Ok. I know. She should not have been bred on her first heat, and while I correctly identified her heat cycle and locked up our male, I underestimated the little hussy’s ability to shimmy under the gate and find her lover. Luckily, Penny has had unlimited access to goats milk and puppy chow throughout her pregnancy and has been well-nourished. While I certainly wouldn’t have chosen to have our first whelping anywhere near spring kidding, it was a sweet way to cap off a successful kidding season.
Penny is a Karakachan, and a valuable member of the LGD team we employ to keep our goats safe. Due to the scarcity of this breed in the US, we decided to introduce Karakachans to Colorado where LGDs are a necessary part of raising livestock.
When our livestock vet was out a few weeks ago to disbud goat kids, I asked her to ultrasound Penny to confirm pregnancy. Our vet saw at least 4 pups on the ultrasound and their stage of development lined up with Penny’s heat dates. I began a cram course on whelping; employing my mad googling skills and picking the brains of a couple dog mentors in my area.
We got our whelping box set up, ordered meds and started tracking Penny’s temperatures. For those who don’t know, a dog’s temp will drop to 99.0F 24 hours before whelping, and 98.0F 12 hours before whelping. Yesterday morning, Penny’s temp was 98.4. She spent most of the day under our bed (because the whelping box was scary), but occasionally came out to touch base with us. Before bedtime, her temp was 99.0F. I wasn’t sure what to make of this, but was mentally prepared for anything.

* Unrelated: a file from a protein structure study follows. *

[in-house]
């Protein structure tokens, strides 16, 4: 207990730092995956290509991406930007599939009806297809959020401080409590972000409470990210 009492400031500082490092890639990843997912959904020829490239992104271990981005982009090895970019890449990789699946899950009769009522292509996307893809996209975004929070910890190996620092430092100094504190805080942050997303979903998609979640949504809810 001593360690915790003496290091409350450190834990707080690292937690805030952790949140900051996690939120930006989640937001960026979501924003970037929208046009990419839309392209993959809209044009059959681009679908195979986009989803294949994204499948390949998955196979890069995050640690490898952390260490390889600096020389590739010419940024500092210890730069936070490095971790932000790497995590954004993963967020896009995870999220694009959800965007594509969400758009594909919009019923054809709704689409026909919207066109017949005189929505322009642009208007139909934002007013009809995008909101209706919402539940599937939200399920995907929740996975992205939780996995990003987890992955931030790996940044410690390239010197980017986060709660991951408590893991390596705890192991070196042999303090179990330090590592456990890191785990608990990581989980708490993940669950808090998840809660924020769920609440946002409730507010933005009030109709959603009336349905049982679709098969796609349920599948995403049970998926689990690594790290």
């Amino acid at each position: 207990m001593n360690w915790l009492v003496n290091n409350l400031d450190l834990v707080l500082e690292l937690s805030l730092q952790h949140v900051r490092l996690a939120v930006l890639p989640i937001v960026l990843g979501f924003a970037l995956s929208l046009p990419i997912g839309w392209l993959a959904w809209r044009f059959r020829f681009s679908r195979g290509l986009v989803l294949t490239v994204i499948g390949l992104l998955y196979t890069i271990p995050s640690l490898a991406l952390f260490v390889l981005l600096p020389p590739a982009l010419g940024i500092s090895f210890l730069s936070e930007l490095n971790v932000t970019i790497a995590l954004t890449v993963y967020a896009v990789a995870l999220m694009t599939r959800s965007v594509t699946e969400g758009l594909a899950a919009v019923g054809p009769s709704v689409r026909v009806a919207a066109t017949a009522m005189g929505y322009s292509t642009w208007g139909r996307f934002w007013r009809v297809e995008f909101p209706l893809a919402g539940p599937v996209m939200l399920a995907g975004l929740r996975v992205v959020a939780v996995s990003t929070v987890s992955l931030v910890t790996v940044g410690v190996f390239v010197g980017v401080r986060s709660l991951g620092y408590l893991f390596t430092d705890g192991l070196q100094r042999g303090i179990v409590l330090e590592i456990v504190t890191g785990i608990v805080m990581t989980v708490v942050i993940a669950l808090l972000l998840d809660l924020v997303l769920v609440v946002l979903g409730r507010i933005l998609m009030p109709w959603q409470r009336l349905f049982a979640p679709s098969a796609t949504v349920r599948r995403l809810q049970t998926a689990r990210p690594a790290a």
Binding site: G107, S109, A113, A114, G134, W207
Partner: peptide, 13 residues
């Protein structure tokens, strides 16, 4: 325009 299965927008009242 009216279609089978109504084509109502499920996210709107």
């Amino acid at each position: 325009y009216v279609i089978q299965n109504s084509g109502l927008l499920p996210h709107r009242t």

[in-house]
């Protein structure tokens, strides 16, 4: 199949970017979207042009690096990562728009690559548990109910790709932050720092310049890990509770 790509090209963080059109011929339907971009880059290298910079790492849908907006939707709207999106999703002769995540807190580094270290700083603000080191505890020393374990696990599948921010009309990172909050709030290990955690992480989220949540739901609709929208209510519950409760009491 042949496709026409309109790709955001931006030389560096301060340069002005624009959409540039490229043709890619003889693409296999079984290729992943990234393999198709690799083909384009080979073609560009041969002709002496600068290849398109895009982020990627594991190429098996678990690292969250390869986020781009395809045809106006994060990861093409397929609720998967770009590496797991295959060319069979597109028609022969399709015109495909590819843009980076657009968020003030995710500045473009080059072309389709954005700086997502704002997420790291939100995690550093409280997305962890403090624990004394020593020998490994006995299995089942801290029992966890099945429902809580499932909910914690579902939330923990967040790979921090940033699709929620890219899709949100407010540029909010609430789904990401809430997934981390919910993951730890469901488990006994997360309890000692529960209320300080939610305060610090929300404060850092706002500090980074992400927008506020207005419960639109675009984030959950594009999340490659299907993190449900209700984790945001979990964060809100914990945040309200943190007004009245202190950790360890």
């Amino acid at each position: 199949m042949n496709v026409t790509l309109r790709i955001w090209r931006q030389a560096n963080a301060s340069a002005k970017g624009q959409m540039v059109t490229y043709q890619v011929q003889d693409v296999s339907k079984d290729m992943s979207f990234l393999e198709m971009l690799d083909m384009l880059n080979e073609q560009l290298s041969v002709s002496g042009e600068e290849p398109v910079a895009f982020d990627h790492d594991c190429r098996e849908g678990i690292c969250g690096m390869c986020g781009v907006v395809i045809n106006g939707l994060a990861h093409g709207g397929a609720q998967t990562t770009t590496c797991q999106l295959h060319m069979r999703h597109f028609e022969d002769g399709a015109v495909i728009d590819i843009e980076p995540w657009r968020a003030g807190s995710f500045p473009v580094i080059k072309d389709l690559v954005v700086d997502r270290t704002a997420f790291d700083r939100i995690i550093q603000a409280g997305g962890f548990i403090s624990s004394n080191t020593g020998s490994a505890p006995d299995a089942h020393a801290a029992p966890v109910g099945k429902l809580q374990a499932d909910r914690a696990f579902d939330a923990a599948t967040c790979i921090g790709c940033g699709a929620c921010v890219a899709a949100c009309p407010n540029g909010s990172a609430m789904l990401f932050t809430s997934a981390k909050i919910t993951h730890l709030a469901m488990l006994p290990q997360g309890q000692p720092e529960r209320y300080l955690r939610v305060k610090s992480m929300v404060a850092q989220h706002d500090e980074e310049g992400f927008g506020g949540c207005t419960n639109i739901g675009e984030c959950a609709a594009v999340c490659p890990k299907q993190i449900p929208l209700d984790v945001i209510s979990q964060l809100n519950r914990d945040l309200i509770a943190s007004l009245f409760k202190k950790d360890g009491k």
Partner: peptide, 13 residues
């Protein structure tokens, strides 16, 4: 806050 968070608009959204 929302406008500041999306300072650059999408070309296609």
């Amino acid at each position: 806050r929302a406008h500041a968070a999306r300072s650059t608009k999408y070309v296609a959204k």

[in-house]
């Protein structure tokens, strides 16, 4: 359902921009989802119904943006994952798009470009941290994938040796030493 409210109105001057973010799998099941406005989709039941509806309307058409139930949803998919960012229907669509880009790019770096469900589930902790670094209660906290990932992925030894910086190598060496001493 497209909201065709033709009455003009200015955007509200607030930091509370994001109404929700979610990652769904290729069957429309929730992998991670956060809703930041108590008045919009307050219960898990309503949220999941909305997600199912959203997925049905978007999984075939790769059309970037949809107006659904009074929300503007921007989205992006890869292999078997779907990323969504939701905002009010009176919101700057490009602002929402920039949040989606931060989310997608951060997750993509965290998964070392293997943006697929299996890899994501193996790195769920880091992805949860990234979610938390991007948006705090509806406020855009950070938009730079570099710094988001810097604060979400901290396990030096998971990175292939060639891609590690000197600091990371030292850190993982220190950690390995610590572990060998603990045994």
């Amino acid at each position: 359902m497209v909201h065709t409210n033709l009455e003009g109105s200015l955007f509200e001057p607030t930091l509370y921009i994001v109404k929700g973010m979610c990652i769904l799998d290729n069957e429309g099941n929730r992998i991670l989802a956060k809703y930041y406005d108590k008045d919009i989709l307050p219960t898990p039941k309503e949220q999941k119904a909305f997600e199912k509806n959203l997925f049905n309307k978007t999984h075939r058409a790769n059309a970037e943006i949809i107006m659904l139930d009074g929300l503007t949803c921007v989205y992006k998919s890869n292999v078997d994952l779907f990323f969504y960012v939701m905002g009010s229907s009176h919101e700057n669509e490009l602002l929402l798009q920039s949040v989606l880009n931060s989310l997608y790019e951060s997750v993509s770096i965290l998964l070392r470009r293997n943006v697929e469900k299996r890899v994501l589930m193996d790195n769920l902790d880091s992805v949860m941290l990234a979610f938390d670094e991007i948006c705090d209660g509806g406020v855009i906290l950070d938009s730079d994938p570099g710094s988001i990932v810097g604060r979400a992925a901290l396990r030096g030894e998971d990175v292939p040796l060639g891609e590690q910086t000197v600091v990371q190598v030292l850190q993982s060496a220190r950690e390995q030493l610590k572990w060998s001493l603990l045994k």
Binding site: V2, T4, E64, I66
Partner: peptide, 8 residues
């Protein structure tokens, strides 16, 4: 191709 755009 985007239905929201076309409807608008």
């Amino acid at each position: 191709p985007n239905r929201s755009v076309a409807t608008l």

At 2:30 this morning, Penny woke me up to go out. She typically sleeps through the night, so this alerted me to the possibility of labor. I let her out and made sure to keep an eye on her. She returned to her spot under the bed, and I could hear her shuffling to get comfortable. After about a half hour, I dozed off, but it wasn’t long before I woke to my little dog Zippy urgently trying to get my attention. He was shaking and perturbed. I heard some faint, high-pitched squeals and quickly looked under the bed. Penny was there with a tiny black and white baby! I woke up Mr SizeMatters and we jumped to action. Penny was on a blanket under the bed, so we gently pulled her out on the blanket and found a second pup nestled up next to her! We transferred her to the whelping box, and assisted her over the next 2 hours as she delivered a total of 7 pups! Two males and 5 females! Penny has been an excellent mama – she is acting like an old pro and making sure those pups nurse. These babies will go to working homes, so if you think you need a Registered Karakachan for your farm, please contact us.